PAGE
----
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Memories, Dreams, Reflections -School Years-6-C.G.Jung

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Memories, Dreams, Reflections -School Years-6-C.G.Jung 

After my escapade with the boat, and my well-merited punishment, I began pondering these isolated impressions and they coalesced into a coherent picture; of myself living in two ages simultaneously, and being two different persons.

I felt confused, and was full to the brim with heavy reflections. At last I reached the disappointing realization that now, at any rate, I was nothing but the little schoolboy who had deserved his punishment, and who had to behave accordingly to his age.

The other person must be sheer nonsense, I suspected that he was somehow connected with the many tales, I had heard from my parents and relatives about my grandfather. Yet that was noit quite right either, for he had been born in 1795 and had therefore lived in the nineteenth century; moreover he had died long before I was born.

It could not be that I was identical with him. At the time these considerations were, I should say, mostly in the form of vague glimmerings and dreams. I can no longer remember whether at that time I knew anything about my legendary kinship with Goethe. I think not, however, for I know that I first heard this tale from strangers. I should add that there is an annoying tradition that my grandfather was a natural son oif Goethe.

One fine summer day thjat same year I came out of school at noon and went to the cathedral square. The sky was gloriously blue, the day one of radiant sunshine. The roof of the cathedral glittered, the sun sparkling from the new, brightly glazed tiles.

I was overwhelmed by the beauty of the sight, and thought "The world is beautiful and the church is beautiful, and God made all this and sits above it far away in the blue sky on a golden throne and

."Here came the great hole in my thoughts, and a choking sensation. I felt numbed, and knew only: "

Don't go on thinking now!Something terrible is coming, something I do not want to think, something I dare not even approach. Why not? Because I would be commiting the most fightful of sins. What is the most terrible sin? Murder? No, it can't be that.

The most terrible sin is the sin against the Holy Ghost, which cannot be forgiven. Anyone who commits that sin is dammed to hell for all eternity. That would be very sad for my parents, if their only son, to whom they are so attached, should be doomed to eternal damnation. I cannot do that to my parents. All I need do is not go on thinking."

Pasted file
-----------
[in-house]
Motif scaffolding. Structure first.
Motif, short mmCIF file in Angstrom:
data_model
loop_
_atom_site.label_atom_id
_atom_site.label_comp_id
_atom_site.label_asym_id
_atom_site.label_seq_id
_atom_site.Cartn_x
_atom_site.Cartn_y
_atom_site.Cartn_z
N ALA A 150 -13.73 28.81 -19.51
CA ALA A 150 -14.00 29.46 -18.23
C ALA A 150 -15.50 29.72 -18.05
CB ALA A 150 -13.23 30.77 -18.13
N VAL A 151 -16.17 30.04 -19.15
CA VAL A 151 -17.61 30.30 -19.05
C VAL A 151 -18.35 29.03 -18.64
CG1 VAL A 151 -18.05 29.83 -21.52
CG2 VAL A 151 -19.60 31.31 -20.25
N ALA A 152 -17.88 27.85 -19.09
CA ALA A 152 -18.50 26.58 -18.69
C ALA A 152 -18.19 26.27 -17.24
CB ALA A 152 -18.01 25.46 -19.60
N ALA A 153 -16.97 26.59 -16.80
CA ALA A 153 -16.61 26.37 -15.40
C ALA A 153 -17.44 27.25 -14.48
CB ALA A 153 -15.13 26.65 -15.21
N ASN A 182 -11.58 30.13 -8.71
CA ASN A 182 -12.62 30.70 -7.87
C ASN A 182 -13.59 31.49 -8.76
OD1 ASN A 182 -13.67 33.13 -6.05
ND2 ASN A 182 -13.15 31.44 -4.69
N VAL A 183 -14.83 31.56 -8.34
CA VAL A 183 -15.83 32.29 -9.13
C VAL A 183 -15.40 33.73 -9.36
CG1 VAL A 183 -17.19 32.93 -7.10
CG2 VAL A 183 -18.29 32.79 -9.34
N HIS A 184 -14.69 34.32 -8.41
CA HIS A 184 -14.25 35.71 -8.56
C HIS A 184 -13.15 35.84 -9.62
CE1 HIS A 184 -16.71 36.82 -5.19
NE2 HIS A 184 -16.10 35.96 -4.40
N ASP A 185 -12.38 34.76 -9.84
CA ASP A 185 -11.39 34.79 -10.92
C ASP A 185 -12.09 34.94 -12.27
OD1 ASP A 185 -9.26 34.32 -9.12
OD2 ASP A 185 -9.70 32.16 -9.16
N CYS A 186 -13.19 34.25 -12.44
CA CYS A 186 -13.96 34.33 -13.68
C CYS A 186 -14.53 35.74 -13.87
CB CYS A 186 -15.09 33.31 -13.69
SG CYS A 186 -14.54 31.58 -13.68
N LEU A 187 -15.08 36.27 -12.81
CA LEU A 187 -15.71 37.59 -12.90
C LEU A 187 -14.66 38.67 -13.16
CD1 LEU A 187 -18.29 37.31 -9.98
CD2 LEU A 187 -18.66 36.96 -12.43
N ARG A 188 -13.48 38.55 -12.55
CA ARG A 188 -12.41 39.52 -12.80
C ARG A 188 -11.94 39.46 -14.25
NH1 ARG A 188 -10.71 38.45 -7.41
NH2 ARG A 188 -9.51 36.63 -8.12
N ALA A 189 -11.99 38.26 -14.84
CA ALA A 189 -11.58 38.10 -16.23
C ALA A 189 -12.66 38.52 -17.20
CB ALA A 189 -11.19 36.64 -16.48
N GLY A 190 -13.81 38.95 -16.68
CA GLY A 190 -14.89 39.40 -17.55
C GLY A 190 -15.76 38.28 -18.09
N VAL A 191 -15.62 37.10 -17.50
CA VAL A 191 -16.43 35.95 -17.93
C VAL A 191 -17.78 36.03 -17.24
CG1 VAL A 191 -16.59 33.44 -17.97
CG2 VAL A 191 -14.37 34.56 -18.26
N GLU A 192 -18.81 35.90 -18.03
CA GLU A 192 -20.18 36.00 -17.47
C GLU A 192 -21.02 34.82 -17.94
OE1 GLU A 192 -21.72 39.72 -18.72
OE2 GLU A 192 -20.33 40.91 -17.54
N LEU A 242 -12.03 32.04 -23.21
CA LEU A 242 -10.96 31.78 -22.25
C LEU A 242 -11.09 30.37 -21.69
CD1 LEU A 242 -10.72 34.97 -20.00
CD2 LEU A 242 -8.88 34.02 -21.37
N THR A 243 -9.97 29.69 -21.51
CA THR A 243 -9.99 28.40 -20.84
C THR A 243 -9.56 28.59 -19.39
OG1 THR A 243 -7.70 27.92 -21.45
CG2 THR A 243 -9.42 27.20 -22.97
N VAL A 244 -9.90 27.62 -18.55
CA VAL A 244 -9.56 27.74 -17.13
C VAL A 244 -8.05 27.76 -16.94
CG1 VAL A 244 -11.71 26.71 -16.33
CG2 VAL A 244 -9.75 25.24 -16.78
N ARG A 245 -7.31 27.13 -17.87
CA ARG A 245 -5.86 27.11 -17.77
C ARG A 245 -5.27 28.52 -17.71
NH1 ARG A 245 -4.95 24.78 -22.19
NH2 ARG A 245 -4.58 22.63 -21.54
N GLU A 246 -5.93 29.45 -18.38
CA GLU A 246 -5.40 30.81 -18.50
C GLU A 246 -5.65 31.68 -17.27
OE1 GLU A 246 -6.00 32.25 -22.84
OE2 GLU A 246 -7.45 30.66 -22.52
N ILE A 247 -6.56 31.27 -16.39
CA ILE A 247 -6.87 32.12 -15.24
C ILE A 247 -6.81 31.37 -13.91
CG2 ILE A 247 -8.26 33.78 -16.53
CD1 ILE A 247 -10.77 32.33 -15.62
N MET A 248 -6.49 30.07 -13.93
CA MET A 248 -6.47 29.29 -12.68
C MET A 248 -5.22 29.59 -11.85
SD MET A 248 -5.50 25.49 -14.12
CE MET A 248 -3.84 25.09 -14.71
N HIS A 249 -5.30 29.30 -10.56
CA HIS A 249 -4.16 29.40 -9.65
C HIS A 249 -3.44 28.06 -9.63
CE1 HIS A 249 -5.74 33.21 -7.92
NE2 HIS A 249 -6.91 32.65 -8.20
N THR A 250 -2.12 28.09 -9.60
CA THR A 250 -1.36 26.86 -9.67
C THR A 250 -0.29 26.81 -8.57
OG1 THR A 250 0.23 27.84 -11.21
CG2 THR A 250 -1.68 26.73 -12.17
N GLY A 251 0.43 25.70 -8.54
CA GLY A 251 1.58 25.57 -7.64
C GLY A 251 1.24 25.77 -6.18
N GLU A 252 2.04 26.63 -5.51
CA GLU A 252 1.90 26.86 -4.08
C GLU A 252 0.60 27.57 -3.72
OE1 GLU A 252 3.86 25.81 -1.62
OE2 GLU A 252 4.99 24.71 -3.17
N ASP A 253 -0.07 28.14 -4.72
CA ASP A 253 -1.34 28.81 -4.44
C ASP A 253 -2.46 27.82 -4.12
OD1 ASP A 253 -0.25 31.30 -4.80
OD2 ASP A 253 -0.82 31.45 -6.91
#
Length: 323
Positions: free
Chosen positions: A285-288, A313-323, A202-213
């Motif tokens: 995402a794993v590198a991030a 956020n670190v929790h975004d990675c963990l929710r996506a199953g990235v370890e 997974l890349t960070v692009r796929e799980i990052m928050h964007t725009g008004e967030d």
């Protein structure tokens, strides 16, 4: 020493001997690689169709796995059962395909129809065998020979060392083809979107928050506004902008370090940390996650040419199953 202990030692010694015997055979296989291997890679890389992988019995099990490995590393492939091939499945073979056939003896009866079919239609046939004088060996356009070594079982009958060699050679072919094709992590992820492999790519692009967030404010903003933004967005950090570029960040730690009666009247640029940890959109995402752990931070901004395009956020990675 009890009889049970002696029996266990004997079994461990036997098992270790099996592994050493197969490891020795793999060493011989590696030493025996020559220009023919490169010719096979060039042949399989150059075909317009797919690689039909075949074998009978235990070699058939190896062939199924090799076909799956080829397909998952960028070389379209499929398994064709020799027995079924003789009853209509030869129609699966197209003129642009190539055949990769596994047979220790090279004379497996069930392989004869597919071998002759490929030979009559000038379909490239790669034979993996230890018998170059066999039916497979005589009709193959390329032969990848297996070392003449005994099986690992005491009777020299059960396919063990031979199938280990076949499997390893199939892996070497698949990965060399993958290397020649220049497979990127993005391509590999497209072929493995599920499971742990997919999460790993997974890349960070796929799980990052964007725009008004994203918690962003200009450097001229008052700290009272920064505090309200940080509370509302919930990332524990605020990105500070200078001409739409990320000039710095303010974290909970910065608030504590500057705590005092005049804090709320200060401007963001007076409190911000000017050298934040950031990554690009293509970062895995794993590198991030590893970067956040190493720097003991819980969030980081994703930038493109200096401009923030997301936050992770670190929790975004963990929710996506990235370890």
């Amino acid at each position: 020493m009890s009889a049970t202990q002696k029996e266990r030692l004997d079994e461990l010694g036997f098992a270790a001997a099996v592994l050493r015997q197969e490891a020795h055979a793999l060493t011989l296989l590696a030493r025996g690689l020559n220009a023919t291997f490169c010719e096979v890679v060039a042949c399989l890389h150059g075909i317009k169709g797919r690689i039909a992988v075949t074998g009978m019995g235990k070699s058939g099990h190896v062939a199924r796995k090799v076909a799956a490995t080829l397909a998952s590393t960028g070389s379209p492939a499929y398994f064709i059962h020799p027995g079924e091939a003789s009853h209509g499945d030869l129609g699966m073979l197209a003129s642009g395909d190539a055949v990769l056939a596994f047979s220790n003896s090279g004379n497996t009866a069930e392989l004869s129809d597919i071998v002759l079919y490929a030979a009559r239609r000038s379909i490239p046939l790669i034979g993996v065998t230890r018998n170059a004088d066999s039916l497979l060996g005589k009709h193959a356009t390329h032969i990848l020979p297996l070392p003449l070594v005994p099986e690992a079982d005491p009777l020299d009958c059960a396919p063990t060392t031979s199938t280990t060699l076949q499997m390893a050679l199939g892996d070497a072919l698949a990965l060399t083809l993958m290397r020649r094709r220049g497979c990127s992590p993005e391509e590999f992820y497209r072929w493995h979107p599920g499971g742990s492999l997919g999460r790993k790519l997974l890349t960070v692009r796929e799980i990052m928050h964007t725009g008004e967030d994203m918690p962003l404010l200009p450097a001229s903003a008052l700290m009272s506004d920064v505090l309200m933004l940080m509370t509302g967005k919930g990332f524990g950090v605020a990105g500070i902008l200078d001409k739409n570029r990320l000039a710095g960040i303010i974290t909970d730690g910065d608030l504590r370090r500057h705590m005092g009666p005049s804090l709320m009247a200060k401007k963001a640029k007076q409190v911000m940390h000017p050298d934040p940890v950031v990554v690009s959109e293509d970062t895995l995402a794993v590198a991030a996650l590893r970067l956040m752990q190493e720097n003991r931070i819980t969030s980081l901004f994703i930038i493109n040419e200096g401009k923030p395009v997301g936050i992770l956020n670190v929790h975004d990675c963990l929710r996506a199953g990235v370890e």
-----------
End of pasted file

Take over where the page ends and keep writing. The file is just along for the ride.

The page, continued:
That was easier said than done. On my long walk home I tried to think all sorts of other things, but I found my thoughts returning again and again to the beautiful cathedral which I loved so much, and to God sitting on the throne- and then my thoughts would fly off again as if they had recieved a powerful electric shock.

I kept repeating to myself: "Don't think of it, just don't think of it!" I reached home in a pretty worked-up state.

My mother noticed something was wrong, and asked, "What is the matter, with you?Ha something happened at school?" I was able to assure her, without lying, that nothing had happened at school.

I did have the thought that it might help me if I could confess to my mother the real reason for my turmoil. But to do so I would have to do the very thing that seemed impossible: think my thought right to the end.

The poor dear was utterly unsuspecting and could not possibly know that I was in terrible danger of commiting the unforgiveable sin and plunging myself into hell. I rejected the idea of confessing and tried to efface myself as much as possible. That night I slept badly; again and again the forebidden thought , which I did not yet know, tried to break out, and I struggled desperately to fend it off.

The next two days were sheer torture, and my mother was convinced that I was ill. But I resisted the temptation to confess, aided by the thought that it would cause my parents intense sorrow.
on the third night, however, the orment became so unbearable that I no longer knew what to do.

I awoke from a restless sleep just in time to catch myself thinking again about the cathedral and God.I had almost continued the thought ! I felt my resistance weakening. Sweating with fear, I sat up in bed to shake off sleep.

"Now it is coming, now it's serious! I must think. It must be thoughtout beforehand.why should I think something I do not know? i don't want to, by God that's sure. But who wants me to? Who wants to force me to think something I don't know and don't want to know? Where does this terrible will come from? And why should I be the one to be subjected to it? I was thinking praises of the creator of this beautiful world, I was grateful to him for this immeasurable gift, so why should I have to think something inconceivably wicked?

Reference: Memories, Dreams, Reflections: C.G.Jung

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